Don’t Breathe Review: Dance in the Dark


Director: Fede Alvarez

Writers: Fede Alvarez, Rodo Sayagues

Stars: Jane Levy, Dylan Minnette, Daniel Zovatto, Stephen Lang

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Release date: September 1st, 2016

Distributors: Screen Gems, Stage 6 Films

Country: USA

Running time: 88 minutes


4/5

Best part: The cinematography.

Worst part: Daniel Zovatto’s character.

2016 is the year of bottle-film/horror-thrillers. Movies like 10 Cloverfield Lane, Green Room and Don’t Breathe feature helpless people, trapped in small spaces by complete psychopaths. Of course, the drama relies on their repeated attempts to escape. This peculiar resurgence delivers the goods. Don’t Breathe, although not the best of them, makes for an exhilarating 88 minutes.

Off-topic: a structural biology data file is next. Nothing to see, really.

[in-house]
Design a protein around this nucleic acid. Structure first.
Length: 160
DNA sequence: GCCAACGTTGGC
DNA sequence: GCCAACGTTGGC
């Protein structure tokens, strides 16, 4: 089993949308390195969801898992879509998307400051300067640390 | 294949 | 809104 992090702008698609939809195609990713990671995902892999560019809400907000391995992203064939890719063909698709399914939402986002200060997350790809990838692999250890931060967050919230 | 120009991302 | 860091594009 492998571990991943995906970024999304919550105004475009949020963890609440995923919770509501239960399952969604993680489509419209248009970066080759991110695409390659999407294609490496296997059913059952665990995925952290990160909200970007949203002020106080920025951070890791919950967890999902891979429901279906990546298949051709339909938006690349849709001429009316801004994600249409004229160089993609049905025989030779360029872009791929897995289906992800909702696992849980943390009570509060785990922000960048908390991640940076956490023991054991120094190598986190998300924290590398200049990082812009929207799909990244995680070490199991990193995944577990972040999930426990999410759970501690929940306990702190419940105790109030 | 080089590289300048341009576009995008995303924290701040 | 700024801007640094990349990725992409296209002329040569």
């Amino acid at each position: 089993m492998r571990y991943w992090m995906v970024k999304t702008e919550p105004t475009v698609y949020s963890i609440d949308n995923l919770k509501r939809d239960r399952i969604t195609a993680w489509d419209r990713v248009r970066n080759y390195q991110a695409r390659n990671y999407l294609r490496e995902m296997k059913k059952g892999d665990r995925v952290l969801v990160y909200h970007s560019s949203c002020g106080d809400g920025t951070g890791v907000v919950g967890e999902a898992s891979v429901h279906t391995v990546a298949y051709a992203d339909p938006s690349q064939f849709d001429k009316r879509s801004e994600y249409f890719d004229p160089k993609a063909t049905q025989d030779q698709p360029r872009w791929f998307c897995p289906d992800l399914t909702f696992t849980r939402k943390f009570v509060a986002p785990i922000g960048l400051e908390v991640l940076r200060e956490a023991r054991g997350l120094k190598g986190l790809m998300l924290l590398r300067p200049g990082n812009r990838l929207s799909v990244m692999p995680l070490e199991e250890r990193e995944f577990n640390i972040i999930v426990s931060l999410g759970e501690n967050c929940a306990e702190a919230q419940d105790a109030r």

Don’t Breathe is more thrilling and fun than most of 2016’s blockbusters. Maybe, the lack of expectations helps smaller-budget/independent features become more fulfilling experiences. This horror-thriller kicks off with three criminals – Rocky (Jane Levy), Alex (Dylan Minnette) and Money (Daniel Zovatto). The trio burgle high-end residences secured by Alex’s father’s security company. Saving up to leave Detroit for Los Angeles, they get word of a one-last-heist opportunity. The three track down a blind war veteran (Stephen Lang) said to have $300,000 in his home in an abandoned neighbourhood. The man, whose daughter died in a car accident, was supposedly paid off by the culprit’s family. Obviously, the mission does not go smoothly. Upon entering the house, they discover the blind man’s taste for murder.